Transfiguration: Watch out for McGonagill, who averages 14 points per game. He was banged up in the Quakers win earlier this season, but continued to play with limited effectiveness due to Brown's injury-depleted roster. He hit 5-of-7 threes in the big win over Columbia. In conference play, however, junior guard Matt Sullivan has emerged as Brown's leading scorer. He's shooting 51 percent from three in Ivy games.

Bear necessities: Here's how the two teams stack up, which in several categories is much closer than the records indicate:

  • Scoring offense: Penn (2nd) 65.9 ppg, Brown (7th) 62.7 ppg
  • Scoring defense: Penn (6th) 65.3 ppg, Brown (8th) 69.6 ppg
  • FG%: Penn (3rd) .445, Brown (6th) .411
  • FG defense %: Penn (7th) .433, Brown (8th) .451
  • Rebounding margin: Penn (6th) -2.9, Brown (7th) -5.5
  • Assists/Turnover: Brown (2nd) 1.1, Penn (3rd) 1.1
  • Average home attendance: Penn (1st) 4,462, Brown (8th), 1,007
  • Violent Crime: Penn (7th) 12.15 crimes per 1000 residents, Brown (4th) 6.84 crimes per 1000 residents.

New Penn State coach Bill O’Brien has Ivy League ties

Penn State will have another Brown graduate at the helm of its football program.

Bill O'Brien, who is currently serving as the offensive coordinator of the New England Patriots, has been chosen to succeed Joe Paterno.

O'Brien graduated from Brown in 1992 and played defensive end and linebacker for the Bears from 1990-1992. Paterno graduated from Brown in 1950 and played quarterback and cornerback.

O'Brien stayed with the Ancient Eight upon graduating, coaching Brown's tight ends in 1993 and linebackers in 1994. He then coached at Georgia Tech, Maryland and Duke. He has been with the Patriots since 2007, taking over as offensive coordinator this season.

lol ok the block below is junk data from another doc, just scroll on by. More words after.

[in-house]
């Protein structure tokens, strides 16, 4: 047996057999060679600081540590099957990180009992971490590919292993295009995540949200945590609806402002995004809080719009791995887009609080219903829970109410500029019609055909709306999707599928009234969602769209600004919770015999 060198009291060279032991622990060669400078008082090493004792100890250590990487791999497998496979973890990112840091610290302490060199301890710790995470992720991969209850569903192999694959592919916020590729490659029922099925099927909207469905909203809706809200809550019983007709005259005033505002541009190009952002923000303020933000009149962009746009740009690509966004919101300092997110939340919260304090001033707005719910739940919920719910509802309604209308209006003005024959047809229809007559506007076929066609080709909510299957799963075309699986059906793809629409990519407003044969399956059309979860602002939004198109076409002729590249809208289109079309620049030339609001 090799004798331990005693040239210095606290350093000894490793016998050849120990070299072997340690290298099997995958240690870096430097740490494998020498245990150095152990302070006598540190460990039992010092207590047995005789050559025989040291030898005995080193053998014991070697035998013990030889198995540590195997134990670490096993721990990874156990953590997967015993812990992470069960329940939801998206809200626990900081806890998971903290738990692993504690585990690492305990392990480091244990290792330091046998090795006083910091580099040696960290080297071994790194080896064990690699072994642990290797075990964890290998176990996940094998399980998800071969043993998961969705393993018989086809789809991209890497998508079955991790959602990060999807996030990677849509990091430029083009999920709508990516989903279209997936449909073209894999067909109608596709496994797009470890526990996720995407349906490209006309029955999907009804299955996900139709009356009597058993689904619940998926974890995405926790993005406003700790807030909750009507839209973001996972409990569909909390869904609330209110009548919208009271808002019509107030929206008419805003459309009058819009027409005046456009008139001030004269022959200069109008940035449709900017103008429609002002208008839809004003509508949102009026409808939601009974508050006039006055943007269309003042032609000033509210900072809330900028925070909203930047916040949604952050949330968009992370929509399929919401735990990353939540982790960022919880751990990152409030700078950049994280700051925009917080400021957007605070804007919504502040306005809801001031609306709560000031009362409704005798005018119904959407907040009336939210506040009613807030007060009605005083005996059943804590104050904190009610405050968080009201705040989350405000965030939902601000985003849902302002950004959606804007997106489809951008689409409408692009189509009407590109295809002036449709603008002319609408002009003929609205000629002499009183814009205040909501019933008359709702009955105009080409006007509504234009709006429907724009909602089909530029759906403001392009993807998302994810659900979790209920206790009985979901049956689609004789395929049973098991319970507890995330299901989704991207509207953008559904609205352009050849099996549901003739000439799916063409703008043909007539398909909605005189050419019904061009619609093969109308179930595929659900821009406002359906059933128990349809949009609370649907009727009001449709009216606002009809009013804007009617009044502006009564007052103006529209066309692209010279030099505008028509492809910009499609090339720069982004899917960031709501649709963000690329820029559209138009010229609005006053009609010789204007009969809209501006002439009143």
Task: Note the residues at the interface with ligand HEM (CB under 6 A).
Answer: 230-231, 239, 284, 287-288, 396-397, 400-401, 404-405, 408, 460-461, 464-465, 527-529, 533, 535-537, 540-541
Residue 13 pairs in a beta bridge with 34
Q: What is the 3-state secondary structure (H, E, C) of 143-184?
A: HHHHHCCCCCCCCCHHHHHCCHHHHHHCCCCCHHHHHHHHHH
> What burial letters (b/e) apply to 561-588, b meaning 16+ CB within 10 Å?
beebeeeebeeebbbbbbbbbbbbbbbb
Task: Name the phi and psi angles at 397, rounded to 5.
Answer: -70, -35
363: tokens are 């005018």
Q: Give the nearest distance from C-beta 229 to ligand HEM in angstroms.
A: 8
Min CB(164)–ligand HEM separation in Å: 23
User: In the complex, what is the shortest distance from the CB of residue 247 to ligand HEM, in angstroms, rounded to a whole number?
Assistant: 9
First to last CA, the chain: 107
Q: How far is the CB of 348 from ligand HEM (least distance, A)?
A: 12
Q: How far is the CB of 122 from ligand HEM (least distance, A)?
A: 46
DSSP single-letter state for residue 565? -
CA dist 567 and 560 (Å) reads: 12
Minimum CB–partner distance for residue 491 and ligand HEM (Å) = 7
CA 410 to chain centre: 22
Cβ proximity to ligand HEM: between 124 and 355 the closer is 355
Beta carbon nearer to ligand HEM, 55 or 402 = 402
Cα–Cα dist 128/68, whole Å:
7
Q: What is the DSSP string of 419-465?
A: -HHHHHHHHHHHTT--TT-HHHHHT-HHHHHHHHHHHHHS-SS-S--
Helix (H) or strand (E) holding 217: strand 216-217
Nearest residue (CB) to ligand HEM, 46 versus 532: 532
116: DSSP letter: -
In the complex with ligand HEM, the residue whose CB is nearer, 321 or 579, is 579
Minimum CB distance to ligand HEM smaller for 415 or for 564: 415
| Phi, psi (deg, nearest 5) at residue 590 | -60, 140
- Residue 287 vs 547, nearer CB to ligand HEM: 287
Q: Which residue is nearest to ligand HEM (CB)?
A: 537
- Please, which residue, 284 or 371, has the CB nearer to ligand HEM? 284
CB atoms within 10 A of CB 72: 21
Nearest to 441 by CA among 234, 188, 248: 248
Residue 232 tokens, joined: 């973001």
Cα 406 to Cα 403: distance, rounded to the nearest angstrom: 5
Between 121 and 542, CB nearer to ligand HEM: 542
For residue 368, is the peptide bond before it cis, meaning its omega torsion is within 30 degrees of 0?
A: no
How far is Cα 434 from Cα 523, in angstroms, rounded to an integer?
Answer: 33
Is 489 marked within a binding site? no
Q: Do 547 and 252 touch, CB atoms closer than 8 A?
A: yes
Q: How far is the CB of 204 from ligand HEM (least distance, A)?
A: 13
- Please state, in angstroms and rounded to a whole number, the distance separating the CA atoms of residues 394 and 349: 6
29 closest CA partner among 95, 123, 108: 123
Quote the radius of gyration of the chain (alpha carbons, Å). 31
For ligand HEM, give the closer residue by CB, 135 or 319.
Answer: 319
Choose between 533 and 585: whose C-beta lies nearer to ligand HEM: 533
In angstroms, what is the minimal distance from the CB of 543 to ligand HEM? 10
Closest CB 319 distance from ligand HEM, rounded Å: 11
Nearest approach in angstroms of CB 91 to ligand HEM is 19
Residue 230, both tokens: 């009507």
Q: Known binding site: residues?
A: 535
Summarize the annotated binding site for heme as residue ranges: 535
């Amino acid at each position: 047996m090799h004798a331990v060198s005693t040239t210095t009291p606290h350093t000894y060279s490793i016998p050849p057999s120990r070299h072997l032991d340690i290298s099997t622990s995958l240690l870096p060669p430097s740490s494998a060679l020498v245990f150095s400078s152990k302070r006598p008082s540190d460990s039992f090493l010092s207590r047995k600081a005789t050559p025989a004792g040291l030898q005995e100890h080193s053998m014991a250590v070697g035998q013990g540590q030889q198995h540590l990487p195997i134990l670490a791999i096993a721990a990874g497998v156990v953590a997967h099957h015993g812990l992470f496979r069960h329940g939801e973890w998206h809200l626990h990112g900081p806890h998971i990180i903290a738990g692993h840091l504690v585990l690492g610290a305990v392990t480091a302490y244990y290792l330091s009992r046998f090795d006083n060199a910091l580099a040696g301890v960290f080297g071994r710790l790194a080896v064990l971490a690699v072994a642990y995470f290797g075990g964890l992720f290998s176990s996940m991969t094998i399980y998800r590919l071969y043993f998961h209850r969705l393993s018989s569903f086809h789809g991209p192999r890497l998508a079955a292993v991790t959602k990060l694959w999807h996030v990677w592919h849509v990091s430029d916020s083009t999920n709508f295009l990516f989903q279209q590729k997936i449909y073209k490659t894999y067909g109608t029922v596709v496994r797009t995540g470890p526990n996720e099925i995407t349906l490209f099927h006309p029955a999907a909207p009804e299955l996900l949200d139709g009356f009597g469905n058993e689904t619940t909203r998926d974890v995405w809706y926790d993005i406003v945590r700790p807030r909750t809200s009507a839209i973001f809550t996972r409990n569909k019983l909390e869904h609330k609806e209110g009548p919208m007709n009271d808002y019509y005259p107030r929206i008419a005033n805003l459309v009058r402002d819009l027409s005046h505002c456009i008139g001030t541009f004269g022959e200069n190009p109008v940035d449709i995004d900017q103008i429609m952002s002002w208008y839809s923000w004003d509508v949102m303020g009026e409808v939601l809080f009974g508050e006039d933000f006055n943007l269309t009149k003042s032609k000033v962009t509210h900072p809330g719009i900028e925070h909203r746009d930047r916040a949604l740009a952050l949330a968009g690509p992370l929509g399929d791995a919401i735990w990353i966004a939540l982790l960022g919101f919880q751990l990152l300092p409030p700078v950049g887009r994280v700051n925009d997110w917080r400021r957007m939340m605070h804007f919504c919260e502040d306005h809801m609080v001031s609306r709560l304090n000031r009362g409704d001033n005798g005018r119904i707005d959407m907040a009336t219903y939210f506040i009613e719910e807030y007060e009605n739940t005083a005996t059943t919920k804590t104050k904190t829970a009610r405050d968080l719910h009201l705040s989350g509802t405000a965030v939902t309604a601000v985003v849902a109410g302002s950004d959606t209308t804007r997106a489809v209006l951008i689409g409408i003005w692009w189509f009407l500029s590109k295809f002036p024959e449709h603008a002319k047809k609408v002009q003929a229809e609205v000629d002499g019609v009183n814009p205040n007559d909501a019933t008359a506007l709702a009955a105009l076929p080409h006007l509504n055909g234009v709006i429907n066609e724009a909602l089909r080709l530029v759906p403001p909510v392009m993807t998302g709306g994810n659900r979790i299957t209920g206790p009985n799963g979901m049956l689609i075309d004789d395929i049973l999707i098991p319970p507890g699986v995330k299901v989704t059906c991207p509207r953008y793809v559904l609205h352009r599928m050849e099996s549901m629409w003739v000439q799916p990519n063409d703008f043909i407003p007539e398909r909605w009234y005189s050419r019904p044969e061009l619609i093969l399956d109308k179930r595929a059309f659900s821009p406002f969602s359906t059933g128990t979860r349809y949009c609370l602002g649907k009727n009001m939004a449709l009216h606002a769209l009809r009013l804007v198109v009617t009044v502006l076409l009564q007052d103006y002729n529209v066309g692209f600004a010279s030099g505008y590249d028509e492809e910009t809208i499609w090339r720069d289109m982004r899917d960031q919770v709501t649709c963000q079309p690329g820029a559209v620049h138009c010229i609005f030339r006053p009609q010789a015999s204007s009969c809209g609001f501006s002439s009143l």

O'Brien had little success against Penn as a player and coach, posting a 1-4 record. His only win over the Quakers came in 1990, a 24-17 victory at home. He suffered four losses to Penn from 1991-1994 by a combined score of 124-28.

An official announcement about the hire will be made on Saturday January 7th. O'Brien will continue to coach the Patriots throughout the playoffs.

O'Brien will certainly have his hands full taking over for Paterno amid the ongoing investigation at Penn State. How do you think the Ivy League grad will do?

Mano-A-Mano: The End of the Streak

ManoAMano1Saturday's Snow Bowl of sorts against Brown saw the end of Penn football's 18-game Ivy winning streak, which dated back to Nov. 15, 2008, as Penn lost by a putrid count of 6-0. Now, the Quakers' quest for a third straight Ivy title hangs in the balance, with still-undefeated Harvard now solely atop the League. A 6-0 loss is a 6-0 loss, but was the result mostly due to the weather, as our esteemed columnist Ethan Alter argues? Let's tango.

Question 1: Was Saturday's volatile weather to blame for Penn's loss?

Brian Kotloff: I thought Ethan brought up some important points in his column, but I have to disagree a bit. He called the Quakers the more "athletic" team and as a result, said they were more affected by the awful playing conditions. I actually think the rain and mud should've helped Penn more than Brown. After all, the Bears have the air-it-out offense, led by QB Kyle Newhall-Cabellero, while the Quakers have the old-school, pound-it-down-your-throats mentality. And what says old-school football more than a battle in the mud? It's true that the elements can act as "the equalizer," neutralizing one team's physical advantages over the other. But outside of Billy Ragone's juke-and-cut scrambling, Penn actually runs a pretty vanilla brand of offense. Theoretically (and historically based on other rainy/snowy games I've seen), the Quakers should have been able to let power backs Brandon Colavita and Jeff Jack go to work all day, while defense should have been easier with Newhall-Cabellero and his quick receivers struggling in the rain. The passing game was the Bears' biggest advantage heading into the game, considering how much Penn's young secondary has struggled this season. Give Brown credit for adjusting and beating the two-time champs at their own game.